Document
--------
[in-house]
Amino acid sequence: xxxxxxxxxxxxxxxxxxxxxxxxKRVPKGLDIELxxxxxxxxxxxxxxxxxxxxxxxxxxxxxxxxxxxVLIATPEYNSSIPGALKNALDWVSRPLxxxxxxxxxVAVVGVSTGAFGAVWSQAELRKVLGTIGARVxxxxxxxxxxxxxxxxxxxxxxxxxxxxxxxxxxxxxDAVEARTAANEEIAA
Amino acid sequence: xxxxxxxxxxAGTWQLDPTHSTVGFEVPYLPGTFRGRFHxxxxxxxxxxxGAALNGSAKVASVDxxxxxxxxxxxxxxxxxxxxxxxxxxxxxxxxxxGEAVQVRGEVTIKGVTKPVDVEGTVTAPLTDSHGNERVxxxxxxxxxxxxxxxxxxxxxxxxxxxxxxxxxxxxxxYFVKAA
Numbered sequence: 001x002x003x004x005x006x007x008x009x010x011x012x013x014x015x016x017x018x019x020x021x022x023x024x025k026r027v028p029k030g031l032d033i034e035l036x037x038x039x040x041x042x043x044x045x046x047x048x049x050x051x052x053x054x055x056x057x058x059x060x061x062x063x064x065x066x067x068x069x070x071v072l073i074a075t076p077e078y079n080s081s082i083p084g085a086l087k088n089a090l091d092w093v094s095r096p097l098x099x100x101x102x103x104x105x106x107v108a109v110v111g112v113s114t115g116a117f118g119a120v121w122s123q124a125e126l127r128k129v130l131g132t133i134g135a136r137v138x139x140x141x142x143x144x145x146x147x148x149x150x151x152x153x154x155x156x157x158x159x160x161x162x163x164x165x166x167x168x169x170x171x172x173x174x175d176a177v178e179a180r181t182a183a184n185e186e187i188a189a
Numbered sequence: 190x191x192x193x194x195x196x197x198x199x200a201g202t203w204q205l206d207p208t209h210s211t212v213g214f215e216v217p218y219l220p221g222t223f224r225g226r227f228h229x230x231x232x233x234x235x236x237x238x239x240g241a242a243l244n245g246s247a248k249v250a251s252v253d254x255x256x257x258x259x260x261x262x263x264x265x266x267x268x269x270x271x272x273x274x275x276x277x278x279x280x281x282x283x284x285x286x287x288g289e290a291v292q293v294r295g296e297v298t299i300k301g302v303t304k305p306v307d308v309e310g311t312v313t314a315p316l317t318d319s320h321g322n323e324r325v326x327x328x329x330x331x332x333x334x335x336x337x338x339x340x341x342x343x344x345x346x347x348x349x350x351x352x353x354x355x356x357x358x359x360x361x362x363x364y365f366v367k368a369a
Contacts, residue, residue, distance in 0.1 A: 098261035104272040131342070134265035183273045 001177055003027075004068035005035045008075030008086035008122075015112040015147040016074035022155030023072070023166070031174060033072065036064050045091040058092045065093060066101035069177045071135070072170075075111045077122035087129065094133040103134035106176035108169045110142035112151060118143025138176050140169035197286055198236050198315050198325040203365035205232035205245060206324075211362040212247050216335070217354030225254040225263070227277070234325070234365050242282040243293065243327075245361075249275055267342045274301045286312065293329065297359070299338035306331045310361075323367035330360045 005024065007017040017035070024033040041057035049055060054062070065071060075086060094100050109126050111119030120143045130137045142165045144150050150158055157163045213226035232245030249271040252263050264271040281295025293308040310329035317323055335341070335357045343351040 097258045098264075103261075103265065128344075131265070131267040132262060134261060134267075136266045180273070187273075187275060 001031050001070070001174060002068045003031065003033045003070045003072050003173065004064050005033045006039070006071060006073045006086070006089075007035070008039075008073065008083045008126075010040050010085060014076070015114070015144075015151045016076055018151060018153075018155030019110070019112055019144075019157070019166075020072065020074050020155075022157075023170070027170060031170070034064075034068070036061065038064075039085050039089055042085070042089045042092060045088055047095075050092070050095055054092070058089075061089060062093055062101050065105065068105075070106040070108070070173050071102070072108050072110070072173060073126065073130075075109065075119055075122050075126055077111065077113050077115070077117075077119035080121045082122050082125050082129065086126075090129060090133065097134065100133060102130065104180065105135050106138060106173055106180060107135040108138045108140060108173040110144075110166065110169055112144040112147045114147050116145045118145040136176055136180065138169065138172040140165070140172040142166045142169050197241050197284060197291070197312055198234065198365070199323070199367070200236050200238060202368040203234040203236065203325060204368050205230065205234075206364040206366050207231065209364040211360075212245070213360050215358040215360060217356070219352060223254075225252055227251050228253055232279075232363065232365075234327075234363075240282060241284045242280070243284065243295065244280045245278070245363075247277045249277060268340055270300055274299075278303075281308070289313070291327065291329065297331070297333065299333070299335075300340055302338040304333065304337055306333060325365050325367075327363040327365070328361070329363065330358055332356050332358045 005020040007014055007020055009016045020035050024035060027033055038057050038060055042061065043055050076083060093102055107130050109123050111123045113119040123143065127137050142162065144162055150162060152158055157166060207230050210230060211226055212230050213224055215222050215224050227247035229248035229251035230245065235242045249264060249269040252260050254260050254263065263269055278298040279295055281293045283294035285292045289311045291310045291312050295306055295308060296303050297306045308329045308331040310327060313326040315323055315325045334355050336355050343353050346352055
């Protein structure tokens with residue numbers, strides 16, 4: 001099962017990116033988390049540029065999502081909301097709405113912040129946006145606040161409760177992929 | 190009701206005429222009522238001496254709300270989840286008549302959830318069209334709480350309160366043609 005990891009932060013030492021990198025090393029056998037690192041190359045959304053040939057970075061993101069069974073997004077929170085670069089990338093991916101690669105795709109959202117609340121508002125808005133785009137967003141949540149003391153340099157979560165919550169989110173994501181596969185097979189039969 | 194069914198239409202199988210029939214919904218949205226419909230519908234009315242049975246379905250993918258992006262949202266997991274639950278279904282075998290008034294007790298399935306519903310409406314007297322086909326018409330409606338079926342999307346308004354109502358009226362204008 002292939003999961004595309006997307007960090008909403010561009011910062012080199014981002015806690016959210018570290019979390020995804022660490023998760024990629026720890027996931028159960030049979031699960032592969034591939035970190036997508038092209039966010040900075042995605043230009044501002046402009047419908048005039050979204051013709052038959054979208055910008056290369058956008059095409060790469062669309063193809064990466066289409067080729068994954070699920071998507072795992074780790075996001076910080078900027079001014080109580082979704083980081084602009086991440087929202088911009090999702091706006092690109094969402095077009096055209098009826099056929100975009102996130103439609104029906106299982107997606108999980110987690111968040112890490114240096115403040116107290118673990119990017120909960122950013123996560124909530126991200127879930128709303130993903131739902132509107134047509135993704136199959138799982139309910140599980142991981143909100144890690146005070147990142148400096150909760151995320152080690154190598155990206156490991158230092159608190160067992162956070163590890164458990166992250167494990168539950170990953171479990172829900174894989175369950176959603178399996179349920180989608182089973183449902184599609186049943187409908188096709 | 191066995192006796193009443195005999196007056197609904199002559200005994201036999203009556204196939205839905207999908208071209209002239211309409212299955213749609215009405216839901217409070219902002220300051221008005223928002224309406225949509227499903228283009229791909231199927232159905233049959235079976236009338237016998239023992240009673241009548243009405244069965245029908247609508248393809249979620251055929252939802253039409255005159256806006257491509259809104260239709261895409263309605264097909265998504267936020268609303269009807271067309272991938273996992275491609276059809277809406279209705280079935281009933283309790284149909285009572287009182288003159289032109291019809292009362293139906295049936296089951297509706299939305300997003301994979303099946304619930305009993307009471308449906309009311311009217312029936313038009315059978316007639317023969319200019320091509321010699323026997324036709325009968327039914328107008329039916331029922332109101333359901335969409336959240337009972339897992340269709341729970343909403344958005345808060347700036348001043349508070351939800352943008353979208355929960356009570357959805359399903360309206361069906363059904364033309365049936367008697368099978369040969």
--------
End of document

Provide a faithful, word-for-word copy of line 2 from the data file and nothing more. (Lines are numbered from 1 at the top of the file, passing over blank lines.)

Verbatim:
Amino acid sequence: xxxxxxxxxxxxxxxxxxxxxxxxKRVPKGLDIELxxxxxxxxxxxxxxxxxxxxxxxxxxxxxxxxxxxVLIATPEYNSSIPGALKNALDWVSRPLxxxxxxxxxVAVVGVSTGAFGAVWSQAELRKVLGTIGARVxxxxxxxxxxxxxxxxxxxxxxxxxxxxxxxxxxxxxDAVEARTAANEEIAA